Carnegie Mellon University
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Fluorescence Technology Development for In Vivo Inflammation Sensing, Cell Contact Labeling, and Targeted Photoablation

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posted on 2019-05-08, 19:57 authored by Daniel AckermanDaniel Ackerman
Diseases of the immune/inflammatory system are a widespread and significant source of pain and cost to global populations. Common, diverse, and highly variable in both symptoms and underlying mechanisms, these inflammatory disorders are challenging to address in the clinic. Critical for the development, validation, and clinical efficacy of anti-inflammatory therapeutics are bio-monitoring technologies that allow clinicians to monitor the progression of autoimmune disorders and their response to anti-inflammatory drugs. However, such technologies often suffer significant problems in their timing, means of monitoring, and lack of responsiveness to cellular-level changes in
inflammatory bioactivity. Here, I describe efforts to coordinate advances in virology, cell biology, and biomedical engineering to develop and validate an in vivo real-time biosensor of inflammation based on cutaneous gene delivery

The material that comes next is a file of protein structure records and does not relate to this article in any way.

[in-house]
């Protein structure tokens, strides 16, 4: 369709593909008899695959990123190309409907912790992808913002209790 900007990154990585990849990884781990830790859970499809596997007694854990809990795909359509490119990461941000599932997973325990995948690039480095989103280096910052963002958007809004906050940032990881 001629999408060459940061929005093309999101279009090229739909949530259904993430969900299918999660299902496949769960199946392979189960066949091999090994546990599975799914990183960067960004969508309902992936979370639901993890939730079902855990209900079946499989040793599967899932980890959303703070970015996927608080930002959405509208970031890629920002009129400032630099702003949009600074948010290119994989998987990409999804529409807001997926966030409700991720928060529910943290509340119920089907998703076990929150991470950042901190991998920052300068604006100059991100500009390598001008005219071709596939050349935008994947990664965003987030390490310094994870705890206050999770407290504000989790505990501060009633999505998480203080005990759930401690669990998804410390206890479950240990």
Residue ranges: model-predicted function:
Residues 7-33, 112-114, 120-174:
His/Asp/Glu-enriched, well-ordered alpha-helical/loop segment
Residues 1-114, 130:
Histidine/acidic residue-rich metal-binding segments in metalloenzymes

strategies. Chapter 1 shows a survey of adeno-associated virus infectivity in skin cells, designed to facilitate inflammation reporter development in vitro and in vivo. Chapter 2 describes the development and validation of prototype inflammation sensors in the skin of an animal model. Together, these results lay the groundwork for development of an in vivo inflammation biosensor capable of
providing real-time information on inflammatory bioactivity from the skin of a living animal.




Degree Type

  • Dissertation


  • Biological Sciences

Degree Name

  • Doctor of Philosophy (PhD)


Jonathan W. Jarvik Marcel P. Bruchez

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